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Portion Size vs. Serving Size: Do You Know the Difference?

By Ms. Qula Madkin, MSU Extension Service

A key part of leading a healthier lifestyle is to integrate a variety of foods in the right amounts into your daily diet. When it comes to deciding how much to eat, serving size and portion size are often used interchangeably, but they are not the same thing.

A serving size is a standardized amount of food. It may be used to quantify recommended amounts, as with the MyPlate food groups, or represent quantities that people typically consume on a Nutrition Facts label.

Portion size is the amount of food you choose to eat, which may be more or less than a recommended serving.

Here are a few tips to help guide your portion sizes:

  • Always plate your food. It’s much easier to eat more than you need when eating straight from a bag or box. If you are unsure about portion sizes, use a small plate or a pre-portioned container for your meals or snacks. Vegetables or a combination of vegetables and fruits should make up half of your plate.

  • Eat slowly and pay attention. It takes our brains about 20 minutes to register that we are full. If you speed through a meal, it’s easy to miss this cue, which may cause overeating.

  • Read the label. The Nutrition Facts label can help you identify the appropriate serving size. For more information about the Nutrition Facts label, visit the Food and Drug Administration website.

  • Learn to estimate portion sizes with your hands. Measuring cups and spoons are great tools for portion control, but these utensils aren't always available when you're getting ready to eat. When these tools aren’t around, estimate your portions by comparing them to something else.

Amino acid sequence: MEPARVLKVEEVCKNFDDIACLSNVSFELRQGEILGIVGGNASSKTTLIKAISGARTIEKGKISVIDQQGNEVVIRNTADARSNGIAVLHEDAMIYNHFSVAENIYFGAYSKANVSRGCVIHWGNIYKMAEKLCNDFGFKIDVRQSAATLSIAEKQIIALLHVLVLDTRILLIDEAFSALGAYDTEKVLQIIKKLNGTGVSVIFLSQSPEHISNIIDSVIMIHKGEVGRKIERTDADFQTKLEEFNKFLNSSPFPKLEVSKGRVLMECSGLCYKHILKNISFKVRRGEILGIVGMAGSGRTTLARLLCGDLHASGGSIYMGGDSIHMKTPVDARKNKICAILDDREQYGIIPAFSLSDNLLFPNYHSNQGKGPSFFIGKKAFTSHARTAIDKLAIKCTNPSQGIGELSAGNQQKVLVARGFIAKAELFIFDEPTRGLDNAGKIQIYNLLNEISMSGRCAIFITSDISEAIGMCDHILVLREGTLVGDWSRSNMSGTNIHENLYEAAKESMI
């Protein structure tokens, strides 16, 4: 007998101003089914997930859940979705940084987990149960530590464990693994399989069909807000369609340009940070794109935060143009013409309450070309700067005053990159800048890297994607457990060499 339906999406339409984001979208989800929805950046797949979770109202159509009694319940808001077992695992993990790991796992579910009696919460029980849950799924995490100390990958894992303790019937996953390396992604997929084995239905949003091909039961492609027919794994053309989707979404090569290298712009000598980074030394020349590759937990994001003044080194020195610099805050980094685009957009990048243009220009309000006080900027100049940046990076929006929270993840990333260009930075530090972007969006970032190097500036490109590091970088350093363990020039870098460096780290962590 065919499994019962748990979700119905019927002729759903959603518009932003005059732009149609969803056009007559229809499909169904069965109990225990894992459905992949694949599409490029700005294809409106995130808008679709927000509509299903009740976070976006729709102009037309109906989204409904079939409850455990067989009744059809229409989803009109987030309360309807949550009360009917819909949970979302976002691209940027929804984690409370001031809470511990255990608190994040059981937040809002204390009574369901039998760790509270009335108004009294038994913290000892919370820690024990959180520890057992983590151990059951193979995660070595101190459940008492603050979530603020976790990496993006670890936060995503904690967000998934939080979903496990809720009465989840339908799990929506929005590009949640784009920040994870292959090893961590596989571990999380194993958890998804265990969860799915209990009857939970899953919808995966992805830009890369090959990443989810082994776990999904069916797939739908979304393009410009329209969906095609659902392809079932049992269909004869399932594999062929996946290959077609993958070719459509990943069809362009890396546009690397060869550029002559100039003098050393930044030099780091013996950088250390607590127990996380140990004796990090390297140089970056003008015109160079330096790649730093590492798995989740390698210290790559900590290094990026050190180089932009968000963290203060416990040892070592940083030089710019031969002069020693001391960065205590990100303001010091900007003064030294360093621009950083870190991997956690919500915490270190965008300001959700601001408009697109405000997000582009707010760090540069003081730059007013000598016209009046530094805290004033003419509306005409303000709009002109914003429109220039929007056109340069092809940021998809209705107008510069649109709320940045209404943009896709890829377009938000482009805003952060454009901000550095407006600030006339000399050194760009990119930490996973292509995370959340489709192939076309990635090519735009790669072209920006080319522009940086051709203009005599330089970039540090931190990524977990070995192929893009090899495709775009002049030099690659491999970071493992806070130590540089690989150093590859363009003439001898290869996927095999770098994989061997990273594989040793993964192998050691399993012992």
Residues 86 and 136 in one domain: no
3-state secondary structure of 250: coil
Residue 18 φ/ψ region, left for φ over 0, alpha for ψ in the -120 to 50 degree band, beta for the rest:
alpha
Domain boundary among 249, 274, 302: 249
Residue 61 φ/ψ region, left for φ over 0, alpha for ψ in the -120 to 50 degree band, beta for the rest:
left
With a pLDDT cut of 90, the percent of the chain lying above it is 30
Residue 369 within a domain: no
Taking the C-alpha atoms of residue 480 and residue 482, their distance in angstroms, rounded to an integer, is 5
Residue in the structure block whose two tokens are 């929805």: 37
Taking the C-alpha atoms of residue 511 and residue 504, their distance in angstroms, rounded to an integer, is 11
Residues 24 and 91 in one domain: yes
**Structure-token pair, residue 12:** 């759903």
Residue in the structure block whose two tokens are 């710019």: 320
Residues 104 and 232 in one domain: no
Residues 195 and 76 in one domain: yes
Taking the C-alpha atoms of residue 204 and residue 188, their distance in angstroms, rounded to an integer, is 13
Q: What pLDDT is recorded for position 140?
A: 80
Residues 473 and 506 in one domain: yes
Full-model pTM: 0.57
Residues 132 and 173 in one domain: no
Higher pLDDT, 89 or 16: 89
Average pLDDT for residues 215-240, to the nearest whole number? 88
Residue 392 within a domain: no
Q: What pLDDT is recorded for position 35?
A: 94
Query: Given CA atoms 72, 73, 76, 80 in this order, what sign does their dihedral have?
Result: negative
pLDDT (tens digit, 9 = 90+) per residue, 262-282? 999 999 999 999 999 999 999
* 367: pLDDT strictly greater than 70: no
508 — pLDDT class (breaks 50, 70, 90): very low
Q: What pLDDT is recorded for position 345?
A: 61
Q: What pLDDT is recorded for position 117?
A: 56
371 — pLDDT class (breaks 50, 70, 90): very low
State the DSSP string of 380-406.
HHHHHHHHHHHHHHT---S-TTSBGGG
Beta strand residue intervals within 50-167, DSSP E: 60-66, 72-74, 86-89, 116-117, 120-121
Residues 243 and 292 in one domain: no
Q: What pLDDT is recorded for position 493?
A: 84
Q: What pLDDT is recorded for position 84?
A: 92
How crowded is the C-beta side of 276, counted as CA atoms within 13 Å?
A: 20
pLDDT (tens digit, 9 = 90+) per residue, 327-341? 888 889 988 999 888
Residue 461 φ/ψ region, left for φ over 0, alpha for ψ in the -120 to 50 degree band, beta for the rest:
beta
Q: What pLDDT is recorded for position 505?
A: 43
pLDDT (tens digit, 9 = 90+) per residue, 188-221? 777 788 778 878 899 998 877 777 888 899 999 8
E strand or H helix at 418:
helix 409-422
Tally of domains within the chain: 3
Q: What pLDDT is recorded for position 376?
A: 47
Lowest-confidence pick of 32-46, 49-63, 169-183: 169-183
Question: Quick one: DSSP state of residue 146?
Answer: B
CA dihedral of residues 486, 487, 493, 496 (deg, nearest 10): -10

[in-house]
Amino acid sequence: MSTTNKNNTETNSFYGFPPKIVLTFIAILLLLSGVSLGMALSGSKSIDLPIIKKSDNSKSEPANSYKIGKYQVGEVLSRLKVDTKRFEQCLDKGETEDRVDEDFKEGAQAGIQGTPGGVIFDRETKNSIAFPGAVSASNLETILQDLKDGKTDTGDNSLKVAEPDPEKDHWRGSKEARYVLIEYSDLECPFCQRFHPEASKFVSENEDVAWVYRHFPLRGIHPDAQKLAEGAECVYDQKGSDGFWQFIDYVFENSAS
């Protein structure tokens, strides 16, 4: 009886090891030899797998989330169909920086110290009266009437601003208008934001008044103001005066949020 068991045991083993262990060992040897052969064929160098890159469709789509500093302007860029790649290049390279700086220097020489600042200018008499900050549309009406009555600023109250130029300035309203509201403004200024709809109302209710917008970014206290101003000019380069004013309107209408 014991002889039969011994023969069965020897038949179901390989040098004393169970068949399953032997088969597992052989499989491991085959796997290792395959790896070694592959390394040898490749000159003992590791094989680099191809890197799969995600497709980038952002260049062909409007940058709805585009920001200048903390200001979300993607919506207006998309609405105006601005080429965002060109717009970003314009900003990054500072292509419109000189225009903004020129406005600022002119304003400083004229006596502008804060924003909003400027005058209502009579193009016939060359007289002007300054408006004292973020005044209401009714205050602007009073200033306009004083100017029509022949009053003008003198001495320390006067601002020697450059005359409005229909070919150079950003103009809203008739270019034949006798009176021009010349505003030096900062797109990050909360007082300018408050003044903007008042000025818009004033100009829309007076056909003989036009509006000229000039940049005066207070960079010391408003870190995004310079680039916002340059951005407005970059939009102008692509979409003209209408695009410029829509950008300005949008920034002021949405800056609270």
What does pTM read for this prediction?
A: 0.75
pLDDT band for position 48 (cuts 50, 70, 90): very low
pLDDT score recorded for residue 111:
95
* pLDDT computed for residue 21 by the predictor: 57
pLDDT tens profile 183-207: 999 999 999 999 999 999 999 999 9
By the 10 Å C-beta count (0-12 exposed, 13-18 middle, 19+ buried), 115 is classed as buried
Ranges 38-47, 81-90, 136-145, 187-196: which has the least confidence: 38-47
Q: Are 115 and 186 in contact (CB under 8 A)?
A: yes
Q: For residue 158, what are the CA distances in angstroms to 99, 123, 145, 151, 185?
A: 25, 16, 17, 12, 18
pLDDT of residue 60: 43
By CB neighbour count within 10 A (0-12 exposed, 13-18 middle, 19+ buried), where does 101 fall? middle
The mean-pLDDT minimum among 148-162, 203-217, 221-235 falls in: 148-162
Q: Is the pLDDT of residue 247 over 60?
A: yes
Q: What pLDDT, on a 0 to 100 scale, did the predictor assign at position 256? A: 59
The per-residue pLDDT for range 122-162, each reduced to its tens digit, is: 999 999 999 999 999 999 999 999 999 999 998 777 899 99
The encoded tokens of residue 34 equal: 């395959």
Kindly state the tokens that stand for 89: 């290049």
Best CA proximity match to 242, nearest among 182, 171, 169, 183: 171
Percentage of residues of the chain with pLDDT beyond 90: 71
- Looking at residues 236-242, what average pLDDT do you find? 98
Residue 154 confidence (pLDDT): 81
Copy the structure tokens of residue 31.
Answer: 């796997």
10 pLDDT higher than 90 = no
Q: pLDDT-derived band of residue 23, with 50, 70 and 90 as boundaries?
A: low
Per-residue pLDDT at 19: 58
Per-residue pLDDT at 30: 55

• A baseball or an average-sized fist

      • Measures about 1 cup

      • An appropriate portion size for raw or cooked vegetables, whole fruit, or 100% fruit juice

    • A tennis ball or a small, scooped handful

      • Measures about half cup

      • Equal to 1-ounce of grains, such as pasta, rice, and oatmeal

    • A deck of cards or the palm of the hand

      • Measures about 3 ounces

      • An appropriate portion size for fish, chicken, beef, and other meats

    • The size of the thumb

      • Measures about 1 tablespoon

      • An appropriate portion size for peanut butter or other nut spreads such as almond butter

    • A postage stamp or the tip of the pointer finger to the first joint

      • Measures about 1 teaspoon

      • An appropriate portion size for oils or other fats

There is no one-size-fits-all in portion control. Use these tips to guide your portions.

For more nutrition and wellness tips, join our MSU Nutrition and Wellness Facebook Group and visit the MSU Extension website.

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